Mom and me snapping green beans at her and my Dad’s home, Thanksgiving Day 2010. Dad was in the hospital THAT day but came home the next afternoon; four days later Mom ended up in the hospital with the H1N1 flu… and was never able to live at home again.

So Mom keeps swiveling her head between us as the OT asks the questions; it’s as if Mom is looking to me for confirmation that she is answering correctly. For my part I am, of course, letting her answer the questions even if the answer is “I don’t know.”

Mom does know her name, her birthday, and the name of the town where she lives. Then the OT asks the following:

“Do you know where you are?”

Silence. Mom looks over at me and clearly does not know for SURE where she is, then turns back to the OT and says “Isn’t this the Queen’s court?”

The OT’s eyes lock on to mine and get very wide. I nod and smile because in that one answer the OT understood quite clearly that rehab for Mom wasn’t going to mean sending her home to resume life as most of us know it.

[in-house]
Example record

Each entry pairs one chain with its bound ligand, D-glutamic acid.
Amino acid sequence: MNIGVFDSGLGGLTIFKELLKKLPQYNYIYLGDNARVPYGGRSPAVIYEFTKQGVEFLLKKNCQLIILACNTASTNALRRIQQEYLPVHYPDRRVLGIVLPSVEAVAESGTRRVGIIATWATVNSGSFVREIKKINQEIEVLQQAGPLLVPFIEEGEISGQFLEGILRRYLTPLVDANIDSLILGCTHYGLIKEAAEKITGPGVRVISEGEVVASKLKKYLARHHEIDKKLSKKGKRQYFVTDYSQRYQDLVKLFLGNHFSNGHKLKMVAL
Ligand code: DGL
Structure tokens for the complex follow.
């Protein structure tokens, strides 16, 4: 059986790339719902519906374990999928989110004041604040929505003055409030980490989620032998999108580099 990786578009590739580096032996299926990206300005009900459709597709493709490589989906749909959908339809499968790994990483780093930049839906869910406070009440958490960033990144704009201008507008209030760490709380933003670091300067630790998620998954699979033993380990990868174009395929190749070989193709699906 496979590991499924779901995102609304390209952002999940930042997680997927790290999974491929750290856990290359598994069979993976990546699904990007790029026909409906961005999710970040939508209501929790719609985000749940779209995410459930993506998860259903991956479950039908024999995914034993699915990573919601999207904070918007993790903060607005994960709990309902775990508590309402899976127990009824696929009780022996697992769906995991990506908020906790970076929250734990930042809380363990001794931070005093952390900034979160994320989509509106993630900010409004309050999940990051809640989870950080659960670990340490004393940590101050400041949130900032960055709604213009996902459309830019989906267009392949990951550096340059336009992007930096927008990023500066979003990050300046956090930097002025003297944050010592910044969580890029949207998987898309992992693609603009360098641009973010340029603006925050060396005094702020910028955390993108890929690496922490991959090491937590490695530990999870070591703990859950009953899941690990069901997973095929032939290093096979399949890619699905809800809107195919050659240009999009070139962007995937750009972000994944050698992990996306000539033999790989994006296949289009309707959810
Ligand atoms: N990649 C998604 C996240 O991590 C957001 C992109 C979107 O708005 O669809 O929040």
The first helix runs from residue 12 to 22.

After the OT left, I stayed with Mom through her dinner and then made my way back to my sister’s for the night.

The next morning, before heading home, I stop in to see how Mom is doing. The first thing I notice is how pretty the snow looks as it gently falls outside the window, the ground now a blanket of white. Mom is awake, propped up in the bed and finishing breakfast. The room is warm and Mom looks comfortable.

With a big smile – she’s obviously glad to see me – exclaims “Oh, you’re back from England!”

Indeed. We had been to the Queen’s Court and back. The nearest to a monarchy I’m ever likely to get.

The links:

https://en.wikipedia.org/wiki/Queen_Victoria

https://en.wikipedia.org/wiki/Victorian_era

https://en.wikipedia.org/wiki/Georgette_Heyer